Views of the lake or volcano? Warmer temps than the central valley mountains? You *might* consider Arenal, but it’s pretty “far away” from most everything — San Jose and its stores, medical options, etc. is just a WAY further jaunt than from the central valley towns. Lake certainly is beautiful and some folks love it there, for sure.

    Heredia? Well, I’ve already said my piece about that. But you should likely consider the other central valley towns, IF that’s the kind of environment you want. San Ramon, for instance, also has a university (the “west” campus of the University of Costa Rica) and is a vastly more “pleasant” town in which to live — wider streets, still some of the old “coffee town” feel (it *is* still a coffee town), still an assortment of restaurants and shops, spectacular views of the ocean and mountains, pretty easy drive to the major hospitals, has its own local hospital for emergencies, etc.

    Grecia has lots of fans with a very similar “feel” to what I described for San Ramon. Puriscal, too “small” for our tastes but has a strong expat following and nice views too. Atenas, Palmares, Naranjo, etc. etc. Or still mountains, but outside the central valley, like south of San Jose, say someplace like San Isidro?

    Many options, but the cost of living is not different enough really among ANY of them that THAT should be your guiding factor. The “nature” of the place, the qualities you want in your daily life — how many people, access to other expat community, what type of weather, what type of view, how long a trip to San Jose when you need that (which might well not be all that often), beach or mountains, volunteer or similar opportunities, access to things you regularly buy, access to health care, THESE are the things that you’ll want, I suggest, to be your guiding force.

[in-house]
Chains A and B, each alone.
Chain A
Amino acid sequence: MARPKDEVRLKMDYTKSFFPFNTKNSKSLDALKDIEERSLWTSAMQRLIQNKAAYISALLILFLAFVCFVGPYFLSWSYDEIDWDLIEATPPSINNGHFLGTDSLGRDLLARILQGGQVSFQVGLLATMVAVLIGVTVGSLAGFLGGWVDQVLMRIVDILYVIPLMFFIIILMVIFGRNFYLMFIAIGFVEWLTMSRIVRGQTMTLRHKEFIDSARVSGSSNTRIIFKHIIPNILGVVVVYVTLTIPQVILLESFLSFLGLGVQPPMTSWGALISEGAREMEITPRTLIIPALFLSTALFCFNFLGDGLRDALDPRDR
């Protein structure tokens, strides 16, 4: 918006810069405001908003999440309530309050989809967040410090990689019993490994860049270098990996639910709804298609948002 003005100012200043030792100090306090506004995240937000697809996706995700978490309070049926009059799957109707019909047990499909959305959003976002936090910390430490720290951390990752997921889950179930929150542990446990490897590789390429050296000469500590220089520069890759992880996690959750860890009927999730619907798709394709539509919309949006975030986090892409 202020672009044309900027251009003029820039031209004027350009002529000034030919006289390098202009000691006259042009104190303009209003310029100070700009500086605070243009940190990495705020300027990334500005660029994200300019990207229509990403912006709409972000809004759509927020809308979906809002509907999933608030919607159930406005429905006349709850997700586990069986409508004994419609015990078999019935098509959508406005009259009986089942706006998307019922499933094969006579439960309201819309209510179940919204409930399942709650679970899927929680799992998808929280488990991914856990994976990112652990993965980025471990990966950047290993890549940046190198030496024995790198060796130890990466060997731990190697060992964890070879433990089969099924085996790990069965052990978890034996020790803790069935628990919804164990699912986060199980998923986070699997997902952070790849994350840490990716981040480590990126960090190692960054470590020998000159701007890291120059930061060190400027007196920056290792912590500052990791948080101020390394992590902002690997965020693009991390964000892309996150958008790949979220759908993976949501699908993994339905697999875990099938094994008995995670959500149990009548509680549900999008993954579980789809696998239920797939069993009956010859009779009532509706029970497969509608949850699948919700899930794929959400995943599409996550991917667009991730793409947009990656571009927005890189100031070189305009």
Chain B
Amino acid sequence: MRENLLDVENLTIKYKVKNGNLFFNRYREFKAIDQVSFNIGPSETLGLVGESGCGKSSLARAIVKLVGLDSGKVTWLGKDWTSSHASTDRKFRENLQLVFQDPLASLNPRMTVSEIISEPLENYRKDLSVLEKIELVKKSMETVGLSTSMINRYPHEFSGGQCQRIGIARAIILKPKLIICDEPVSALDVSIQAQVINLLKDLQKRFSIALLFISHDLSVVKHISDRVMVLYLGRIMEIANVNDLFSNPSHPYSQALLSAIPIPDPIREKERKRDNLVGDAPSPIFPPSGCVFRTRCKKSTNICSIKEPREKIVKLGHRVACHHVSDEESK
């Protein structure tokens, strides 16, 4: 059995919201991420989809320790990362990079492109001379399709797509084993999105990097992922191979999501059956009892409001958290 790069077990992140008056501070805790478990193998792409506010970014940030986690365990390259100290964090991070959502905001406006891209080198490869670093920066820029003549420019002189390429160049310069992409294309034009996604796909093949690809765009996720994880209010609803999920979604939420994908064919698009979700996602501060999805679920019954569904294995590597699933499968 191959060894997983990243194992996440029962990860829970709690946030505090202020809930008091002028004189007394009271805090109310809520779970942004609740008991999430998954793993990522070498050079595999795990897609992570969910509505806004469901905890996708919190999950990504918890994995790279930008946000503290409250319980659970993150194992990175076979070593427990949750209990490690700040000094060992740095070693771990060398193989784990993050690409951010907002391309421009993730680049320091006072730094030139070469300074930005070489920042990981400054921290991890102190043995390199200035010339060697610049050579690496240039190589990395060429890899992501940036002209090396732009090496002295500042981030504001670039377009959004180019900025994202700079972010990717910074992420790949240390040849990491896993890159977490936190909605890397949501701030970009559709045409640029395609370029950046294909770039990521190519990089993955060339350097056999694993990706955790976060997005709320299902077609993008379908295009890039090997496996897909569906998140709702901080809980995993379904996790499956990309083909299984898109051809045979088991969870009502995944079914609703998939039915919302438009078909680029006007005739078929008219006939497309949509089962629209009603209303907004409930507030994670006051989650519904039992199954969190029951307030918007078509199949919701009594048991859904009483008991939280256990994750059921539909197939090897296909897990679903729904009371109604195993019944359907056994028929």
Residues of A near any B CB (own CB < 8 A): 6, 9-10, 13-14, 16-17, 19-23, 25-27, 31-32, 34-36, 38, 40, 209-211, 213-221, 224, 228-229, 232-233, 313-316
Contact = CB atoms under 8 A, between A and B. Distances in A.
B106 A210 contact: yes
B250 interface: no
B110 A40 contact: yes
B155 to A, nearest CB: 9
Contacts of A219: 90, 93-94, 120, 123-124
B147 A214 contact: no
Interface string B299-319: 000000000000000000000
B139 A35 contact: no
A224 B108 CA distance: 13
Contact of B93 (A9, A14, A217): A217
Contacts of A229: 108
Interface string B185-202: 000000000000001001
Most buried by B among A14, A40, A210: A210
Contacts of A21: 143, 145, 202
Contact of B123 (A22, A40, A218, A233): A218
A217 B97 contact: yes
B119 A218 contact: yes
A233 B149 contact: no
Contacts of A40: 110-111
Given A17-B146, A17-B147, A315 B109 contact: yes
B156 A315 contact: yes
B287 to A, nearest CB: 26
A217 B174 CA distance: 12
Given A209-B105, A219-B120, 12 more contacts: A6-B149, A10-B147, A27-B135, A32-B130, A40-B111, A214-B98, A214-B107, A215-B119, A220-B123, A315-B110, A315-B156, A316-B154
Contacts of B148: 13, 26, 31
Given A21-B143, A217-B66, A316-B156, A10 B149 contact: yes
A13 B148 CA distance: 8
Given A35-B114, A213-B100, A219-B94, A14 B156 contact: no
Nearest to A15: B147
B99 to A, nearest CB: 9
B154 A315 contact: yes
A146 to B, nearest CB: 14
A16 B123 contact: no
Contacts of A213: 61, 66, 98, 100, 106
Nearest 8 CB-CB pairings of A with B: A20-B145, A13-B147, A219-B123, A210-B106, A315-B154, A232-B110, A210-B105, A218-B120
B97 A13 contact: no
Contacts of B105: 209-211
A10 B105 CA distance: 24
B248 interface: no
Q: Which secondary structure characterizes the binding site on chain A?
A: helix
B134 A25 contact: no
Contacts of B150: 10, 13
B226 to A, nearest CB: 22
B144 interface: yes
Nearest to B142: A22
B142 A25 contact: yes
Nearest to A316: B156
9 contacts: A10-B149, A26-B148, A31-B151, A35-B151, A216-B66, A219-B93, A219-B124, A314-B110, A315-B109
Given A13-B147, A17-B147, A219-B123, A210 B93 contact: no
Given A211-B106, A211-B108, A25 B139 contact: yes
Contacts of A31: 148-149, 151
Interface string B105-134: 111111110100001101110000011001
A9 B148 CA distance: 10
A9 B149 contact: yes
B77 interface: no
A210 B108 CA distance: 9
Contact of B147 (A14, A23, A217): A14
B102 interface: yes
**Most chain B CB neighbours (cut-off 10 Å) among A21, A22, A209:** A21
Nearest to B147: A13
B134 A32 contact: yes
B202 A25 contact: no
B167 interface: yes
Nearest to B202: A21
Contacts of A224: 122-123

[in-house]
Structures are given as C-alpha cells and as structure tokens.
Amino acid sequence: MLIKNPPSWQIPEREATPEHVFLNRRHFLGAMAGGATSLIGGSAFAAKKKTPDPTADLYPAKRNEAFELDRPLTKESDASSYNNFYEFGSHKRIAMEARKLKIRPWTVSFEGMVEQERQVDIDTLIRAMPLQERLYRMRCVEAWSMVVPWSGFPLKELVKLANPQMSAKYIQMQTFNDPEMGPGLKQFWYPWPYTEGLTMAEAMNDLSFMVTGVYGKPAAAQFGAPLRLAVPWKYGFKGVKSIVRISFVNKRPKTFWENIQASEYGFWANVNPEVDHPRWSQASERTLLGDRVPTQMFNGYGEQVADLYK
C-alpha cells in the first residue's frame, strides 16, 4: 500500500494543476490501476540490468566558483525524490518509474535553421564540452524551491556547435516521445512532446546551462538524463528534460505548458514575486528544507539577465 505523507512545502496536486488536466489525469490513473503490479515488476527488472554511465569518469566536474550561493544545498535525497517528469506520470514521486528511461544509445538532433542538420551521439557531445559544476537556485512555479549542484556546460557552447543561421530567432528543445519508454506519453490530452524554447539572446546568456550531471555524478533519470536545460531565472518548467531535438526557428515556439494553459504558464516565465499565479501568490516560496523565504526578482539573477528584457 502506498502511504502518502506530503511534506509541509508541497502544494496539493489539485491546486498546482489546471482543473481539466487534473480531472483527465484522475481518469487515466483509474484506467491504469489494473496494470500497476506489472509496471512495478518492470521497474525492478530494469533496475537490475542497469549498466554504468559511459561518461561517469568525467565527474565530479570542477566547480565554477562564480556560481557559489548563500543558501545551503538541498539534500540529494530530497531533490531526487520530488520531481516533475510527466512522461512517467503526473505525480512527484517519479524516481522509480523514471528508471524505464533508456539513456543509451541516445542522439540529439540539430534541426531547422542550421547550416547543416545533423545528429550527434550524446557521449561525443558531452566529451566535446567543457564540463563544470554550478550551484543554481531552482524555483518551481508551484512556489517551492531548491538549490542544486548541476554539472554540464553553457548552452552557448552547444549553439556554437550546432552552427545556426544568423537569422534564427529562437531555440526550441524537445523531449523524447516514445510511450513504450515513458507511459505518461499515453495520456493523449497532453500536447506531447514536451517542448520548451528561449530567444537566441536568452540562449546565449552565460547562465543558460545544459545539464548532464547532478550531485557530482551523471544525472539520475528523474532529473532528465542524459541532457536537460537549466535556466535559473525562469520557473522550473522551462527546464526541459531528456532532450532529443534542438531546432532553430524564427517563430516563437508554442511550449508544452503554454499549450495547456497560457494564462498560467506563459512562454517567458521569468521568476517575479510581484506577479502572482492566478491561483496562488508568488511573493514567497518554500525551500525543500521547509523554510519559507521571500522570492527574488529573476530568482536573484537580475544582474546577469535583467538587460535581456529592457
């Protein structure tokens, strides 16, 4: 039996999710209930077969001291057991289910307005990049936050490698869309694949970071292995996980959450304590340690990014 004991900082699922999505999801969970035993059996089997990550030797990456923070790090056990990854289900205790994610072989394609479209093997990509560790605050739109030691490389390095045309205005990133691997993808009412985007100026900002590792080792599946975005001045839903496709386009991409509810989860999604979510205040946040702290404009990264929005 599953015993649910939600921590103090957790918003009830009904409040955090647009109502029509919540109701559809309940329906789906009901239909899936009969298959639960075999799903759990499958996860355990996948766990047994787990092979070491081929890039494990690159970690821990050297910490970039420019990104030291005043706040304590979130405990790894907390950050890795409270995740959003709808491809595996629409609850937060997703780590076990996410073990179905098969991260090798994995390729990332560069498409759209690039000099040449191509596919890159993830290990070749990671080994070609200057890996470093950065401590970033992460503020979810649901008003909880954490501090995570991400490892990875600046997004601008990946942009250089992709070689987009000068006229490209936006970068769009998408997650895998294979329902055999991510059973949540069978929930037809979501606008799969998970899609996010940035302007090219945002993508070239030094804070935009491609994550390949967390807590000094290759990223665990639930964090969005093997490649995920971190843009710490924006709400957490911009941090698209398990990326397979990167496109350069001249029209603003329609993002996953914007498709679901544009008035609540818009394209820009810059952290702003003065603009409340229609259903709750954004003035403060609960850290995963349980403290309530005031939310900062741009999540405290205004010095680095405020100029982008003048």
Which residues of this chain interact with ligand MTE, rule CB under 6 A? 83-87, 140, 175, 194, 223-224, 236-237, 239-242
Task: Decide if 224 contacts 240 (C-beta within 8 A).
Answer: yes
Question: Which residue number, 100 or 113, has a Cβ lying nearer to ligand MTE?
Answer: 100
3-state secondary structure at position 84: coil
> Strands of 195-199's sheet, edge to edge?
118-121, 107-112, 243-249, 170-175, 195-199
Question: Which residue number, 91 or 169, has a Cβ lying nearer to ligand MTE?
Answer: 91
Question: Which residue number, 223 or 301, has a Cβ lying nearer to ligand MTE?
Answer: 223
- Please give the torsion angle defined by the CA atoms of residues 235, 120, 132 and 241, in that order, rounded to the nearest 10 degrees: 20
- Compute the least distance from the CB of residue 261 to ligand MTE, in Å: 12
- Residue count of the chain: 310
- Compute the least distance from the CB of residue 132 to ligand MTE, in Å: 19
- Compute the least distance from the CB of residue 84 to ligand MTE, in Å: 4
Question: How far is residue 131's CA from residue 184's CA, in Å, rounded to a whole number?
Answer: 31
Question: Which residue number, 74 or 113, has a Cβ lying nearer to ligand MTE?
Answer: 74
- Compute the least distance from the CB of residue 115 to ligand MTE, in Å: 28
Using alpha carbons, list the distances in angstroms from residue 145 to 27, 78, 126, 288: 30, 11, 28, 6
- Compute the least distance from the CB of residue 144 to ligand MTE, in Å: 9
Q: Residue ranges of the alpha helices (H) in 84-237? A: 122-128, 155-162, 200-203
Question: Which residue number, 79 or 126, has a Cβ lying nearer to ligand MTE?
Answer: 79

As your Panama commenter noted above, there ARE some major differences in cost of living between whole countries — Panama is, indeed, WAY cheaper in several areas. So if cost-of-living is to be a determining factor, those are things for sure to consider. But, even then, I would continue to suggest, that those *other* questions about the type of life you want to lead and the type of place you want to live will still have to come first.

    Please understand, I’m not trying to be “critical” of your process, at least not in any kind of negative way, but to encourage you to really change how you’re looking at this. Yes, unless you have unlimited funds, cost of living is likely to play at least some part in your decision. But I would say it’s probably one of the smallest parts. And CERTAINLY not a major factor in deciding which place within a given country.

    Good luck on your research!! I know it’s an exciting time for you and there are some good resources out there — lots of folks willing to email, lots of folks with decent blogs offering things such as their own real costs of living and enough info on their lives to get a feel for how similar (or not) their lifestyle is to something you would want for yourself. But based on what you’ve shared here, I can assure you that using something like Numbeo as a major factor in your deciding… well, no so much.

    all the best,

    • Hi Arden,
      Thanks for the good info. I agree that Numbeo is not all that dependable if there are not a lot of inputs. As you can see, in the small towns of Costa Rica, there are not a lot of inputs. And so, as I said we’re taking all this with a grain of salt. Our experience of Costa Rica’s shopping was quite a bit different as well. We’ve only visited the Pacific Coast but based on our own experience, I’m not sure if Costa Rica is going to make it on our final list. Mainly because it seemed expensive.

      Thanks for commenting.

  2. I lived in Costa Rica for a few years, and now I live in Panama. If you haven’t heard that comment 100 times, just wait, you will ! And cost-of-living is just ONE reason. I lived on both coasts of Costa Rica and in the Central Highlands. Struggled, but loved it. For me, the saying is true: “Younger is always stupider.”